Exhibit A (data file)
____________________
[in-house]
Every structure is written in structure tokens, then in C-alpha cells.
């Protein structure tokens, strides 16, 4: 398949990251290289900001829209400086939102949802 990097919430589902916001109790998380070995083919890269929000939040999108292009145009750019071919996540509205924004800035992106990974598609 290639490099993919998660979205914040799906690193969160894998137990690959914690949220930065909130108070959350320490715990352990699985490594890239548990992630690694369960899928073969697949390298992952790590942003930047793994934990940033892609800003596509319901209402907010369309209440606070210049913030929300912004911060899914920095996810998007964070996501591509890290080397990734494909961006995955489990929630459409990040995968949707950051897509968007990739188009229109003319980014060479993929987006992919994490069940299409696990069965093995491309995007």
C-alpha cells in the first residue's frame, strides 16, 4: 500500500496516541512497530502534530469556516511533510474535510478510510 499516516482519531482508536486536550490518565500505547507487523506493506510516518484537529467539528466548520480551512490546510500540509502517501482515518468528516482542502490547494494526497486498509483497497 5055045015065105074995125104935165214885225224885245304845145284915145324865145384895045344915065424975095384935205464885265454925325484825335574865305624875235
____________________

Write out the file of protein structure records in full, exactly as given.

[in-house]
Every structure is written in structure tokens, then in C-alpha cells.
């Protein structure tokens, strides 16, 4: 398949990251290289900001829209400086939102949802 990097919430589902916001109790998380070995083919890269929000939040999108292009145009750019071919996540509205924004800035992106990974598609 290639490099993919998660979205914040799906690193969160894998137990690959914690949220930065909130108070959350320490715990352990699985490594890239548990992630690694369960899928073969697949390298992952790590942003930047793994934990940033892609800003596509319901209402907010369309209440606070210049913030929300912004911060899914920095996810998007964070996501591509890290080397990734494909961006995955489990929630459409990040995968949707950051897509968007990739188009229109003319980014060479993929987006992919994490069940299409696990069965093995491309995007």
C-alpha cells in the first residue's frame, strides 16, 4: 500500500496516541512497530502534530469556516511533510474535510478510510 499516516482519531482508536486536550490518565500505547507487523506493506510516518484537529467539528466548520480551512490546510500540509502517501482515518468528516482542502490547494494526497486498509483497497 5055045015065105074995125104935165214885225224885245304845145284915145324865145384895045344915065424975095384935205464885265454925325484825335574865305624875235